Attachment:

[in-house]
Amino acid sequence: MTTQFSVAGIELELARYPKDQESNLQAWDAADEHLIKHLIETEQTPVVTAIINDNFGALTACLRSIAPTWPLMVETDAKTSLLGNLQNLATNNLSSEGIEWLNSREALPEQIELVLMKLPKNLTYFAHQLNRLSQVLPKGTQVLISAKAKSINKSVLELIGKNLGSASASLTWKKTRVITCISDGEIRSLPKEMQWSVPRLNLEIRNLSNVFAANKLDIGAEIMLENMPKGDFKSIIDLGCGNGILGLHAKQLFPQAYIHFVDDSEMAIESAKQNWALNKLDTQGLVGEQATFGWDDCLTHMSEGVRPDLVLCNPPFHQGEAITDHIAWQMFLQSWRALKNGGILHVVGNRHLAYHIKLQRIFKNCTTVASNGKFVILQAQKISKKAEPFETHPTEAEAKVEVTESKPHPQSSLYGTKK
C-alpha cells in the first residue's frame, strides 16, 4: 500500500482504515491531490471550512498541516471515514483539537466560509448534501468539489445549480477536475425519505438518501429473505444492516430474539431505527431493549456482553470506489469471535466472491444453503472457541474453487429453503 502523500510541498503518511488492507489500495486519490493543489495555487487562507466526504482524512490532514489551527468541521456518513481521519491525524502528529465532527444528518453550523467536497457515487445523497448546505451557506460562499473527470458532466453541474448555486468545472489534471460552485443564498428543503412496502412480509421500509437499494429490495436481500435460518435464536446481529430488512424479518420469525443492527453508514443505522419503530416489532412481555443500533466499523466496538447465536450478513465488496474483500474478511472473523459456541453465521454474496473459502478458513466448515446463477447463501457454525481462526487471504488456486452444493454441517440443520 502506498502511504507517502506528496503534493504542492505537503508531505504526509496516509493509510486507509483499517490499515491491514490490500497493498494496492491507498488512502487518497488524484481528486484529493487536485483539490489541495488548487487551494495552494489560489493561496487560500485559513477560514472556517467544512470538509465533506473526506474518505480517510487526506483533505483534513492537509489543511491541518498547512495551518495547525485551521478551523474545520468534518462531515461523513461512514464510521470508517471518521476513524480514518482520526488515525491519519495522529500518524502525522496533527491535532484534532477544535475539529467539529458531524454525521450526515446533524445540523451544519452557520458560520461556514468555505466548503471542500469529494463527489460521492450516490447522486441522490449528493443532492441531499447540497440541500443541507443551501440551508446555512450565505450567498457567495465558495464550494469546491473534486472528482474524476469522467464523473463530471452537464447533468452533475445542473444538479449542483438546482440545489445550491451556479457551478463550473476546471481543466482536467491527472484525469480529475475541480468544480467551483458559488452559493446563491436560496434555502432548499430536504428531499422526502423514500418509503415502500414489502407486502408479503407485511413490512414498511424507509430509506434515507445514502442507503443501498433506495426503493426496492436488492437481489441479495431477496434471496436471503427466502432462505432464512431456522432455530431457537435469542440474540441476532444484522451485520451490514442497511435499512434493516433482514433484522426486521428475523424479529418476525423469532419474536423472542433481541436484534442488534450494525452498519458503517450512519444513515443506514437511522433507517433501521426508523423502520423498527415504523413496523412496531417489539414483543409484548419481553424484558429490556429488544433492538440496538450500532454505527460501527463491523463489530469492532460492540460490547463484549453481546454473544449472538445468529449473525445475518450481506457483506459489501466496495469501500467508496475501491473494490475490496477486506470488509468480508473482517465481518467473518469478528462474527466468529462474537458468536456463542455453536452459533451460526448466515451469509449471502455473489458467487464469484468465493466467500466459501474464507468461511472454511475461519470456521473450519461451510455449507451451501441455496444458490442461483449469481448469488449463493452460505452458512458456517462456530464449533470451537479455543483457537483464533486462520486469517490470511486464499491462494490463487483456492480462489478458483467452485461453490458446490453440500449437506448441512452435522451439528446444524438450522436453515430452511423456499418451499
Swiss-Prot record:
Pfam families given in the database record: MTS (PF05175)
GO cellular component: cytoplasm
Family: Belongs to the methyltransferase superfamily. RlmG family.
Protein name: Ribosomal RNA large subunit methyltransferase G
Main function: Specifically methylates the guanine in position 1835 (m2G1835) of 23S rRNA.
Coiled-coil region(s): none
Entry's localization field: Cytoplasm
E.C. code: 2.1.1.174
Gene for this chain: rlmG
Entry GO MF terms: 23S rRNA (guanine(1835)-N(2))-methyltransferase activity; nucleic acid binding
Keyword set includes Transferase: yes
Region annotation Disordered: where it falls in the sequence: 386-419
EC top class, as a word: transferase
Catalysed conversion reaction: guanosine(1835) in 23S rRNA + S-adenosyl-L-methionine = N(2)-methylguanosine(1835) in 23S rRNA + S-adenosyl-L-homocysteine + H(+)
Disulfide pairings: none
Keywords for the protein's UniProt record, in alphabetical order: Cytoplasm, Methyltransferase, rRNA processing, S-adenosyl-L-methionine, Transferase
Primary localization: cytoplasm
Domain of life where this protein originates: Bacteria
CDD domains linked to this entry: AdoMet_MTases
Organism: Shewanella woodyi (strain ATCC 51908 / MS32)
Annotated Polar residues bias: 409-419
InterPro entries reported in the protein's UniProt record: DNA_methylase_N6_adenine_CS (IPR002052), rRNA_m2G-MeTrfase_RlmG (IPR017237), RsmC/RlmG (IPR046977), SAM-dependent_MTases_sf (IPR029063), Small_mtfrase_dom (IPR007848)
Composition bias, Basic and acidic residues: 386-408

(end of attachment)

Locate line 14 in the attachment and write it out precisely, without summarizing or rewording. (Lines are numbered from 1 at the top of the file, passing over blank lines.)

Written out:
Entry GO MF terms: 23S rRNA (guanine(1835)-N(2))-methyltransferase activity; nucleic acid binding